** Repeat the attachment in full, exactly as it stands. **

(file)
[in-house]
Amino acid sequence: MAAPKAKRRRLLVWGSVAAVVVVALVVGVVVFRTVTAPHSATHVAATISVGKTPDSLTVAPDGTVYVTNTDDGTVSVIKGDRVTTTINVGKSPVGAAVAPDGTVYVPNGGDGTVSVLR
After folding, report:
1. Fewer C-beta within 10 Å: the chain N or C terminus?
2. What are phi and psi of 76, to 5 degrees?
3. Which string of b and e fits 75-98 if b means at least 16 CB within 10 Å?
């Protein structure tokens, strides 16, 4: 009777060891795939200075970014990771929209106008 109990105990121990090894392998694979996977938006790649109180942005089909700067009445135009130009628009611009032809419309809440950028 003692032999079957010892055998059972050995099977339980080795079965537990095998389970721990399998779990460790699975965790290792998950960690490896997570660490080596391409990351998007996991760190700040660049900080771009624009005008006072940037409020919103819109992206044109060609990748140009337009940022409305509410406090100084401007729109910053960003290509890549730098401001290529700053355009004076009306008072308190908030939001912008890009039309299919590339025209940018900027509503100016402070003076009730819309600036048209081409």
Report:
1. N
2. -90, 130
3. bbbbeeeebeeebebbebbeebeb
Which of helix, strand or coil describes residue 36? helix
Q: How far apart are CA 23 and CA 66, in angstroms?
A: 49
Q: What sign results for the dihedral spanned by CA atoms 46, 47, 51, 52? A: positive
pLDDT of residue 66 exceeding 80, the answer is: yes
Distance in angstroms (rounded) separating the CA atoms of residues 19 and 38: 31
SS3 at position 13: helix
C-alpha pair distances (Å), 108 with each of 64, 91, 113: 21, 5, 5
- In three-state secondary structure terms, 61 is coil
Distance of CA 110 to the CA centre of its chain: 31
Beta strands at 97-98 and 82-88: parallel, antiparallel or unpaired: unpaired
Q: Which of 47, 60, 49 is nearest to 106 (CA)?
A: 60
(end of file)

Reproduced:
[in-house]
Amino acid sequence: MAAPKAKRRRLLVWGSVAAVVVVALVVGVVVFRTVTAPHSATHVAATISVGKTPDSLTVAPDGTVYVTNTDDGTVSVIKGDRVTTTINVGKSPVGAAVAPDGTVYVPNGGDGTVSVLR
After folding, report:
1. Fewer C-beta within 10 Å: the chain N or C terminus?
2. What are phi and psi of 76, to 5 degrees?
3. Which string of b and e fits 75-98 if b means at least 16 CB within 10 Å?
């Protein structure tokens, strides 16, 4: 009777060891795939200075970014990771929209106008 109990105990121990090894392998694979996977938006790649109180942005089909700067009445135009130009628009611009032809419309809440950028 003692032999079957010892055998059972050995099977339980080795079965537990095998389970721990399998779990460790699975965790290792998950960690490896997570660490080596391409990351998007996991760190700040660049900080771009624009005008006072940037409020919103819109992206044109060609990748140009337009940022409305509410406090100084401007729109910053960003290509890549730098401001290529700053355009004076009306008072308190908030939001912008890009039309299919590339025209940018900027509503100016402070003076009730819309600036048209081409």
Report:
1. N
2. -90, 130
3. bbbbeeeebeeebebbebbeebeb
Which of helix, strand or coil describes residue 36? helix
Q: How far apart are CA 23 and CA 66, in angstroms?
A: 49
Q: What sign results for the dihedral spanned by CA atoms 46, 47, 51, 52? A: positive
pLDDT of residue 66 exceeding 80, the answer is: yes
Distance in angstroms (rounded) separating the CA atoms of residues 19 and 38: 31
SS3 at position 13: helix
C-alpha pair distances (Å), 108 with each of 64, 91, 113: 21, 5, 5
- In three-state secondary structure terms, 61 is coil
Distance of CA 110 to the CA centre of its chain: 31
Beta strands at 97-98 and 82-88: parallel, antiparallel or unpaired: unpaired
Q: Which of 47, 60, 49 is nearest to 106 (CA)?
A: 60